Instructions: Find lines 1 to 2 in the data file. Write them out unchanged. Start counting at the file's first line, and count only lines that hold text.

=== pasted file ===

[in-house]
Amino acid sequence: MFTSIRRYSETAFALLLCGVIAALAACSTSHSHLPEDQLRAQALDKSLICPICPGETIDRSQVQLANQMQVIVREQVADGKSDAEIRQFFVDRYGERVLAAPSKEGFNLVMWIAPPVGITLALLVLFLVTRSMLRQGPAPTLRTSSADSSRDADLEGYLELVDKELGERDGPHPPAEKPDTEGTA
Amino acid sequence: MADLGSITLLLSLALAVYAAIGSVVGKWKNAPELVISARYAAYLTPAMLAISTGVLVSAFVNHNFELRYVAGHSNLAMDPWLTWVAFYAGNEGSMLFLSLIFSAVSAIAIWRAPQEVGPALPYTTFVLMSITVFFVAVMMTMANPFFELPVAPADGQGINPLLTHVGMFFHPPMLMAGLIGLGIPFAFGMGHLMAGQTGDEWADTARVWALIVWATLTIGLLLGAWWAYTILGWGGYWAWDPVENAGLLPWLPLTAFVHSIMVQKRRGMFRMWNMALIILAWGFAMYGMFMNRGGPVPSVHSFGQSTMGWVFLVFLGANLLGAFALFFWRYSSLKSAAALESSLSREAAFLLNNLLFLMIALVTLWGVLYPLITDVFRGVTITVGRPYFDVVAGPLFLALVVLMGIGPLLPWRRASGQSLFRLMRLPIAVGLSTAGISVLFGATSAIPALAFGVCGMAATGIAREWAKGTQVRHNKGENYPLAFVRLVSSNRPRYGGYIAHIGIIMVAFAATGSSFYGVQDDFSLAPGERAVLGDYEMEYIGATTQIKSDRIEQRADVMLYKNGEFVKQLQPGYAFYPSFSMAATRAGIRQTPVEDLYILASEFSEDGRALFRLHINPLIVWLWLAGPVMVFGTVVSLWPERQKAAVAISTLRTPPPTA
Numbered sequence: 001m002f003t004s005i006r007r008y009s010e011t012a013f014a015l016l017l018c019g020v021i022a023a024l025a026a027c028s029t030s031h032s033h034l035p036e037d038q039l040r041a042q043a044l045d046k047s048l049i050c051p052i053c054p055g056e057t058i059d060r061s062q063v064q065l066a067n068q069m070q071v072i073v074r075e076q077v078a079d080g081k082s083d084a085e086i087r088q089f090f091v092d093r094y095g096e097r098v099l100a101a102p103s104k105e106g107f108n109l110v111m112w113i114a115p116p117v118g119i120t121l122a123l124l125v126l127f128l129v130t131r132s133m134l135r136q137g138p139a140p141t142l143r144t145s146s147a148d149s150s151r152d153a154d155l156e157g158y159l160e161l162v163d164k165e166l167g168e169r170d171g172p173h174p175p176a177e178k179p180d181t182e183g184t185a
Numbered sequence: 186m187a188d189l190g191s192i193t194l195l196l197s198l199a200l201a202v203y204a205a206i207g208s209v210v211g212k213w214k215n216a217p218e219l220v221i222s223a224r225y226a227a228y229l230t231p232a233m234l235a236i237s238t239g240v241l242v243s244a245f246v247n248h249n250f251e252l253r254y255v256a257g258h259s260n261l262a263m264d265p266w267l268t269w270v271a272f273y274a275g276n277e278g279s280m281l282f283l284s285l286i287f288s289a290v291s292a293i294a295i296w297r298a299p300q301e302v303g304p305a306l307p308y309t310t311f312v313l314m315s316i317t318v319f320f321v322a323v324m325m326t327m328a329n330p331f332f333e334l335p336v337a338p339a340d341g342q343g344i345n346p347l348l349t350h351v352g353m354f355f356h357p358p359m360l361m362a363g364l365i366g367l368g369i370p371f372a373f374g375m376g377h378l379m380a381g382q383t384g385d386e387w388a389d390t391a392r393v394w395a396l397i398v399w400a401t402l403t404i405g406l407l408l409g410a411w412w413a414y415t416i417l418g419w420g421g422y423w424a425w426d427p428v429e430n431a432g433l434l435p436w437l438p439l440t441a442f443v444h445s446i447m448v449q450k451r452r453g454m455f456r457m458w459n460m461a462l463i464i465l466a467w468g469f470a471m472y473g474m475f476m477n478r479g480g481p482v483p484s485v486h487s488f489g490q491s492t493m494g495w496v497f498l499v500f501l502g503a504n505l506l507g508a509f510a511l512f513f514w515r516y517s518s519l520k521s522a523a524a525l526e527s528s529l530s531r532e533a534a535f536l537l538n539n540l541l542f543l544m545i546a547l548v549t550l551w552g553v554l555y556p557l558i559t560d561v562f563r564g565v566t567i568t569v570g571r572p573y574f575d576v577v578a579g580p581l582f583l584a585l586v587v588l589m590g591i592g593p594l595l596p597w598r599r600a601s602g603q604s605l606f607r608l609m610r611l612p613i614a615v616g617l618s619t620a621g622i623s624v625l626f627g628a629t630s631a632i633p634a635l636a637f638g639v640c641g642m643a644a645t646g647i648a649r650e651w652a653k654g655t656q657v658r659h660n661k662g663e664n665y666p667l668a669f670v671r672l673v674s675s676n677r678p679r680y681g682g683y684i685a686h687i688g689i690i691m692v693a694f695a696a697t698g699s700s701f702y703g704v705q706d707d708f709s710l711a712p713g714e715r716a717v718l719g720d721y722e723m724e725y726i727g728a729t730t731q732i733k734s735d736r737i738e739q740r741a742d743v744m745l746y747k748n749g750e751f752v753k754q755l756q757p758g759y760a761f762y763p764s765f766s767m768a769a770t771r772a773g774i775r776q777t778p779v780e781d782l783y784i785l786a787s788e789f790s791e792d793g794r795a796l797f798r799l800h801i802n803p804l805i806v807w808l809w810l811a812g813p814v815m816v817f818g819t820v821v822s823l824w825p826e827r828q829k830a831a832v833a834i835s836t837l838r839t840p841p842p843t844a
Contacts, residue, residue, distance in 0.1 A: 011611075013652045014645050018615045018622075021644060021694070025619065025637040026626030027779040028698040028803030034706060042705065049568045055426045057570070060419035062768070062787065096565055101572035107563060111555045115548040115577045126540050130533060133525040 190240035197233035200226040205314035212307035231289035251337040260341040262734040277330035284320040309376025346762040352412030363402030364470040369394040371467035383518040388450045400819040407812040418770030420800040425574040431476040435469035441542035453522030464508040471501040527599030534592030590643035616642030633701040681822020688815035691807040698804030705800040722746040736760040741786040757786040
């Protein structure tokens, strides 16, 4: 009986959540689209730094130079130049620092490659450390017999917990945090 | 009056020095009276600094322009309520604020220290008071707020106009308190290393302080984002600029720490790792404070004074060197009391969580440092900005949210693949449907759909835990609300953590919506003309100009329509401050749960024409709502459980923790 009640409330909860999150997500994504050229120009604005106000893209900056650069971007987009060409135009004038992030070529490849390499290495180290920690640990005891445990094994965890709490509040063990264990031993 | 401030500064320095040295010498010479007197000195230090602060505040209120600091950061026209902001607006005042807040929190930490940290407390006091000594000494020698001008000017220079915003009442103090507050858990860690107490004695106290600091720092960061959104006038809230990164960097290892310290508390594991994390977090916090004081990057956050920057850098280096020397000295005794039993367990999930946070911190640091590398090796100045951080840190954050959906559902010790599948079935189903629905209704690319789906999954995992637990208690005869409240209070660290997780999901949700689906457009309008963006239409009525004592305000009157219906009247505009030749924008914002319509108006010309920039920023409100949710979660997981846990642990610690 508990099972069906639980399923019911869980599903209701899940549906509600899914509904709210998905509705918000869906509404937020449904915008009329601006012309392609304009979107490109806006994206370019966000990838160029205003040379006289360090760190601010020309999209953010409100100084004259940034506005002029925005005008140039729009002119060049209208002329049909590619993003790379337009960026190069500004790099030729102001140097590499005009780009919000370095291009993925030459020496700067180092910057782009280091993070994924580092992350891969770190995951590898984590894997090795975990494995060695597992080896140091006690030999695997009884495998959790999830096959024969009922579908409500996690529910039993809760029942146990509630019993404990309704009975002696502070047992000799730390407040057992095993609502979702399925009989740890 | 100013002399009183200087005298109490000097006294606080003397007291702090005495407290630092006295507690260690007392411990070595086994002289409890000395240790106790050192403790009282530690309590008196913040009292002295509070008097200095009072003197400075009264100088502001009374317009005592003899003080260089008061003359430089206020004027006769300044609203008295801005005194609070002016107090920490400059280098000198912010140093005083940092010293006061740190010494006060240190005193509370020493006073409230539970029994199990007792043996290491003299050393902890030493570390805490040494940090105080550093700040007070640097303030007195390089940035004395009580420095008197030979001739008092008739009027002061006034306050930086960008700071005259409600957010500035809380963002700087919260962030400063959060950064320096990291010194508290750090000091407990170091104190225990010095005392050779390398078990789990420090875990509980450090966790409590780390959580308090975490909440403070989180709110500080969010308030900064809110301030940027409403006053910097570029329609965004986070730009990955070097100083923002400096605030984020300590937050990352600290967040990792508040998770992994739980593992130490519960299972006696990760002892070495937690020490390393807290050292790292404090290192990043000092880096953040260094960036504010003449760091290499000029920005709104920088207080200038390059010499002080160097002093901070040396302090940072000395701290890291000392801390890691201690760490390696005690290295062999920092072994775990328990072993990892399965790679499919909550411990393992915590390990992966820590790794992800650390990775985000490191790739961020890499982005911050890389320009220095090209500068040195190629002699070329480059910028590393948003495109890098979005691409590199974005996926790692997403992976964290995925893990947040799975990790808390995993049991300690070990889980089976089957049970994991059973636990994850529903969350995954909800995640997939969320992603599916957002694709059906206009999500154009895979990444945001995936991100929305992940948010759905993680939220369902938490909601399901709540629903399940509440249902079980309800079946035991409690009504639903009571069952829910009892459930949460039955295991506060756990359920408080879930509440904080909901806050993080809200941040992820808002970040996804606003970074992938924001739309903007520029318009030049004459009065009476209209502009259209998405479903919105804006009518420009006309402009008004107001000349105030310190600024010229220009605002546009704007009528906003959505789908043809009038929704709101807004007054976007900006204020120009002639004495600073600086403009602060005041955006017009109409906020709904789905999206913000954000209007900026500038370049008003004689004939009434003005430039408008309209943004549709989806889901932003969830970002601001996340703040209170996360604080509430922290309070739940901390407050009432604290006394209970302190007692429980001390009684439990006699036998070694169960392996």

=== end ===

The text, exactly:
[in-house]
Amino acid sequence: MFTSIRRYSETAFALLLCGVIAALAACSTSHSHLPEDQLRAQALDKSLICPICPGETIDRSQVQLANQMQVIVREQVADGKSDAEIRQFFVDRYGERVLAAPSKEGFNLVMWIAPPVGITLALLVLFLVTRSMLRQGPAPTLRTSSADSSRDADLEGYLELVDKELGERDGPHPPAEKPDTEGTA